A Mother’s Story
There I was, a 30 year old, questioning, debating, doubting the wisdom of our children’s pediatrician, a man who had been practicing medicine for as many years as I had been alive. Dr. Will had been my husband Tony’s pediatrician and was a very well respected doctor. He was also the doctor for our three other children, John 6, Michael 5, and Ame, 2 as well as for our newborn son, Matthew. My concern in previous “new baby visits” was focused on Matthew’s slow weight gains, compared to his brothers and sister at the same age. Dr. Will focused instead on his alertness, his movements, his smiles and overall well being. During these previous visits, Dr. Will in his very kindly manner tried to reassure me that babies differ in growth patterns, even those in the same family. In response to my concern, he had suggested trying different formulas as well as possibly adding a supplement to his feedings. Tony readily saw this as a possible solution and in his quiet way tried to reassure me that we just had to give Matthew time to catch up.
The basis of my anxiety at this time was the fact that four years prior to Matthew’s birth, our third son, Mark was born. Within a day after his birth, Mark was taken to the NICU, where he remained for two months. After three surgeries to correct an intestinal blockage, our baby son died. It was not until a follow-up post partum appointment did we learn that Mark had Cystic Fibrosis (CF). Prior to this, we had no awareness that Tony and I were carriers of the gene for this inherited disease. Needless to say, we were shocked. Our families were shocked. Our doctors were shocked.
Despite our desire to trust in Dr. Will’s experience and suggestions, the weeks of watchful waiting and weighing, became months with slow progress in Matthew’s ability to gain weight, and my concern grew. The fear in my heart was another baby who would be diagnosed with CF. This fear, admittedly based primarily on a mother’s instinct, had been growing, and on this particular day, with my continuing questions, Dr. Will agreed to set up an appointment for us to have Matthew seen at Children’s Hospital of Philadelphia (CHOP).
Within the next week or two, we met with Dr. Sam at CHOP and after a preliminary examination of Matthew, he also questioned my fears about Matthew having Cystic Fibrosis and stated without hesitation that he thought I was just “a nervous mother”. Oh how I wished he was correct! However, after a “sweat test”, the standard test for CF at the time, my fears became a reality. Matthew tested positive for CF, and we began a new life journey.
So what is it like living with a child with CF? My immediate answer is that in many ways, it is just like living with any newborn, toddler, pre-schooler and grade school child. You love them, you watch their first steps, first teeth, first funny and endearing words, first not so nice words, first attempts at toilet training, first fights with their siblings, first days at school and first disappointments, and first group of best friends, …(who have remained best friends 40 plus years later).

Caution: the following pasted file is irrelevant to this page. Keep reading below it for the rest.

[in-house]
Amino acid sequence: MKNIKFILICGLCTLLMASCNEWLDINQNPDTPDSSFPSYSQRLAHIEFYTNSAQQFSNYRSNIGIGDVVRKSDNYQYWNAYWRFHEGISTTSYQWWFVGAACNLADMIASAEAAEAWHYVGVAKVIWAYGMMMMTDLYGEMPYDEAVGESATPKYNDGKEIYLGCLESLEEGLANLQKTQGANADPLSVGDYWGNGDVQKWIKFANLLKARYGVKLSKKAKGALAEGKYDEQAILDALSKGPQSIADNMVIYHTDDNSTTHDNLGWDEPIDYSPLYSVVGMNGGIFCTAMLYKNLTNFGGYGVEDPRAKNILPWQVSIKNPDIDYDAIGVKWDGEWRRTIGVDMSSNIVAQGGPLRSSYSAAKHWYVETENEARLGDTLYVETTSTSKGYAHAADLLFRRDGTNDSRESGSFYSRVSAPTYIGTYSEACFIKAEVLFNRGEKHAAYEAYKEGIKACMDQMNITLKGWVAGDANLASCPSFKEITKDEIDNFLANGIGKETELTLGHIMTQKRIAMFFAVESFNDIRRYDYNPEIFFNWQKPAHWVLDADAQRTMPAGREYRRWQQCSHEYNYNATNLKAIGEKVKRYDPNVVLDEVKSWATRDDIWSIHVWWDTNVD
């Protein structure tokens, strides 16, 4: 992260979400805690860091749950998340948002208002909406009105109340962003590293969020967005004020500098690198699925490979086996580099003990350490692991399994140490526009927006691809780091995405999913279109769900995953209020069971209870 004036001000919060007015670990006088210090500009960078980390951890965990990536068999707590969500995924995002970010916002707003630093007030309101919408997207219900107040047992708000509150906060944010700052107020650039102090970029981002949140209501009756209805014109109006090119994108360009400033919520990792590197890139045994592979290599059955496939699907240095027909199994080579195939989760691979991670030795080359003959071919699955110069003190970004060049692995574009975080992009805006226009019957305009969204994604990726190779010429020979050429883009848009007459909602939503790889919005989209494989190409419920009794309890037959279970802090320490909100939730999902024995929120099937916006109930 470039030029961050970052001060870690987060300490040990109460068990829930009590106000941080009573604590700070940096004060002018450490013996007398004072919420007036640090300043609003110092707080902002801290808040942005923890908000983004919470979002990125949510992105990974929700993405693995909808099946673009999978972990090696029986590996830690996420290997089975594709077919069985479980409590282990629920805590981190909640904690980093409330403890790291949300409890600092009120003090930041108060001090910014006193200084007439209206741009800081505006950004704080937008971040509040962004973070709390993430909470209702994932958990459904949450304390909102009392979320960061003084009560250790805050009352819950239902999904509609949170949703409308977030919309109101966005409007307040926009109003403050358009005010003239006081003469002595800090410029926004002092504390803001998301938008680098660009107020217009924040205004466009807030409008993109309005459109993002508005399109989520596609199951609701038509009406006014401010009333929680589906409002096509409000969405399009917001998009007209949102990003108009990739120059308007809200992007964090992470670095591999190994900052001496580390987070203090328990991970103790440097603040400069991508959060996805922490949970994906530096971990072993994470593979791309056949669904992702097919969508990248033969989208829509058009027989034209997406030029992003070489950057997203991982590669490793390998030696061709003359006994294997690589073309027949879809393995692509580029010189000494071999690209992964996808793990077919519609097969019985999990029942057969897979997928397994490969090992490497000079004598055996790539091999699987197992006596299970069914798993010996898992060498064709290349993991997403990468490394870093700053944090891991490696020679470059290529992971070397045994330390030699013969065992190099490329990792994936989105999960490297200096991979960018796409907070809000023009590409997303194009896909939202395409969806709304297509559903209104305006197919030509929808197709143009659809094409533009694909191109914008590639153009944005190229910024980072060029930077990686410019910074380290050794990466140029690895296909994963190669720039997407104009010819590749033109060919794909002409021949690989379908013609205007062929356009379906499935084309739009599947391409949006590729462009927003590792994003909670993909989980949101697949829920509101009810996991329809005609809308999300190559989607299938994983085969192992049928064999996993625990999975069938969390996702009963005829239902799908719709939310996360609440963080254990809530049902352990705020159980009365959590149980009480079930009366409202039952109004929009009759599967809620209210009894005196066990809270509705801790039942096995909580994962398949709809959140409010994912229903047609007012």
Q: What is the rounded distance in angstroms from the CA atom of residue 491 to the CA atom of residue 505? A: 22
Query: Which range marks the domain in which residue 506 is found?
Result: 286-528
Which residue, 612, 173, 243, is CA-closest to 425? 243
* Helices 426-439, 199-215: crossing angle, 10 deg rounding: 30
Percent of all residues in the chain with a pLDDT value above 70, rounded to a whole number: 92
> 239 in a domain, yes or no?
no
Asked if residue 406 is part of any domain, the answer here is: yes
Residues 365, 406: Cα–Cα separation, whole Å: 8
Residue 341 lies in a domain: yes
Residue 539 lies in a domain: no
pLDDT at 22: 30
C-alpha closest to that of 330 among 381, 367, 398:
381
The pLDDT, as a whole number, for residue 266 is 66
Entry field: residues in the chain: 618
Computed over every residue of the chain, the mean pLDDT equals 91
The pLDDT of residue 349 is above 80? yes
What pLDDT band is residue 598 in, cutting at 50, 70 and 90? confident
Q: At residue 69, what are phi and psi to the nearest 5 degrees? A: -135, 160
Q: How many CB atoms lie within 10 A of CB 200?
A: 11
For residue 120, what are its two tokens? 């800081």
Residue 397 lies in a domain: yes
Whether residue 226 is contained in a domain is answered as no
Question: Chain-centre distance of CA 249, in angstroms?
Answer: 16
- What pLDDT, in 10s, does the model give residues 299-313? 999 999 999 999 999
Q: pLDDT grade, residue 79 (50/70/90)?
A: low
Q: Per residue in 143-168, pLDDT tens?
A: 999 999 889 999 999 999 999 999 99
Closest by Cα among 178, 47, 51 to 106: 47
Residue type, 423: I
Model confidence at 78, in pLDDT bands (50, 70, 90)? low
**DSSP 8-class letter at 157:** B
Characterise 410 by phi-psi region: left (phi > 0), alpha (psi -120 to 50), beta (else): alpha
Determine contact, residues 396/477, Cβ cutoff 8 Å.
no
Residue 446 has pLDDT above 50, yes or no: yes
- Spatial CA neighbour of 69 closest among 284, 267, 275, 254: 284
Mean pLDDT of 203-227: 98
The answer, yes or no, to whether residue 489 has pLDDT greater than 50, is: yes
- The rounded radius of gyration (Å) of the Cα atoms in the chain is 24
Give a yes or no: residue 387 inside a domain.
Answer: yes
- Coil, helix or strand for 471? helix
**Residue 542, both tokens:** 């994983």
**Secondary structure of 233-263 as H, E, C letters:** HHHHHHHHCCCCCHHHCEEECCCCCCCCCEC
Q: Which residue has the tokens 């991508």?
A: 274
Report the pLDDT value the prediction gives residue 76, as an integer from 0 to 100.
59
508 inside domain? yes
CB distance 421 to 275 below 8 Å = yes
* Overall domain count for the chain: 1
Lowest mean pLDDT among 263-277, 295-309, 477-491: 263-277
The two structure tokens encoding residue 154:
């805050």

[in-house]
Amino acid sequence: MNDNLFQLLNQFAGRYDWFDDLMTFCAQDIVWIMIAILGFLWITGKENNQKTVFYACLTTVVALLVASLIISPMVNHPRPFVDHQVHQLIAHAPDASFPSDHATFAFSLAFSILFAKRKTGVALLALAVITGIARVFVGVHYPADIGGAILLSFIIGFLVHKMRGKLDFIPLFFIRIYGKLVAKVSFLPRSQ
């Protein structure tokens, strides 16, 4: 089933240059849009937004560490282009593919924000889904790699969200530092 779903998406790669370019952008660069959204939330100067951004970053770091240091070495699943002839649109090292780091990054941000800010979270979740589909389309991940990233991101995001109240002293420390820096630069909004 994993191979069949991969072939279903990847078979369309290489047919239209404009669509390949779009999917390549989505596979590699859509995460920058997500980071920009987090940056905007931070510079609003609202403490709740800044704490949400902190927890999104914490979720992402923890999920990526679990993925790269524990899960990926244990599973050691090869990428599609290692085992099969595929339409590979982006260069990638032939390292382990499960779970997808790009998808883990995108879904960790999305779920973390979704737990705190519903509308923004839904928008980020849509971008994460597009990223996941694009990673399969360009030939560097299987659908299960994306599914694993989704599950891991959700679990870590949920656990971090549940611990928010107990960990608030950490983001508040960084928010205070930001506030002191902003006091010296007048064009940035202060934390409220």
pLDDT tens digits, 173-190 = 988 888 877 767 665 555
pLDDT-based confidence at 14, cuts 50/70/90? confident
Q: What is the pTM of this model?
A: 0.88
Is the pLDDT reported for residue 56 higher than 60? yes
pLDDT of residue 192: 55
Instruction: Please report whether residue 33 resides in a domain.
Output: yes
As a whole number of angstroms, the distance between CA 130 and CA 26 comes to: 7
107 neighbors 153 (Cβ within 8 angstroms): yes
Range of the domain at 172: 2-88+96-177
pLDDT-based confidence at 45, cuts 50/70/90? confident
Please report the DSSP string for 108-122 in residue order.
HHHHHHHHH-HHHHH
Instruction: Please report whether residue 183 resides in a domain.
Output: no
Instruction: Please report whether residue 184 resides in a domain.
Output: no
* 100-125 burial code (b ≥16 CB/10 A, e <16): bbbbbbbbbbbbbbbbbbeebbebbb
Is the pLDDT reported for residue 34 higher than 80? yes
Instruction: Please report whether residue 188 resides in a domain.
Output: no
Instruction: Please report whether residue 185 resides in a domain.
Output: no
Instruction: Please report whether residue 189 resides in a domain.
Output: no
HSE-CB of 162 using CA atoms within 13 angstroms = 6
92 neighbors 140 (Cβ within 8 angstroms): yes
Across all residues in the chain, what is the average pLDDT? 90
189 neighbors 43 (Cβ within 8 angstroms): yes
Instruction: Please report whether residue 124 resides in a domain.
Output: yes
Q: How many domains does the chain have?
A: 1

You also live with fear, fear of the unknown, fear of your child catching a cold or being near someone with a cold, fear of how your child will adjust to the routines of chest percussions, fears related to taking the necessary enzymes and gaining or not gaining weight…fear of being able to make life as normal as possible for your CF child and not imposing harsh restrictions on him or your other children in order to protect him…fear based on the fact that at the time of Matthew’s diagnosis, the life expectancy for someone diagnosed with Cystic Fibrosis was six years!
In the beginning with everything about Cystic Fibrosis so new to us, we attended a few CF parent support group meetings. In many ways these groups can be very helpful, as well as comforting, to others who share the same experiences and concerns. For us, many of the stories were sad, too hard for us to hear, and we more often came away fearful and upset about the future. We did not continue to attend these meetings. At that time, there was no Internet, which depending on the quality and reliability of the reporting, can serve today as a helpful resource.
What was actually more helpful for me was when we went for our scheduled CF Clinic visits at CHOP. While in the waiting area if Matthew was 4 years old, I was looking to see a 6 or 7 year old; when he was 6 or 7, I was looking to see a 10 or 12 year old; when 10….. a 15 year old. To see these older children, many looking for the most part well and fairly healthy, was always encouraging. When possible, I might speak with a parent and ask a question or two. Also very helpful was the fact that over the years, and continuing up to today, Matthew has been fortunate in having had excellent, caring doctors.
There were the times during those CHOP visits when a blood test or a chest ex-ray was necessary, and while in the waiting rooms of these various departments, Matthew and I saw many very sick children, some in wheel chairs, some with physical handicaps, others hooked up to IV’s, etc. Many times after having seen some of these children, while driving home along West River Drive, aside from talking about the river, the boat houses, (Tony had been a rower) and the changing colors of the Fall leaves, Matthew would often mention something about the obviously sicker or disabled children we had seen. The words were unspoken …but each in our own way, we knew Matthew was luckier than these children.
As the weeks, months and years passed, Tony and I just “paid attention” to this diagnosis and to the impact of CF on Matthew, while integrating as best we could his treatments as part of his normal life…….it became for Matthew just part of his day, inhaling “mist”, getting his “hits”, and taking the enzymes with his meals.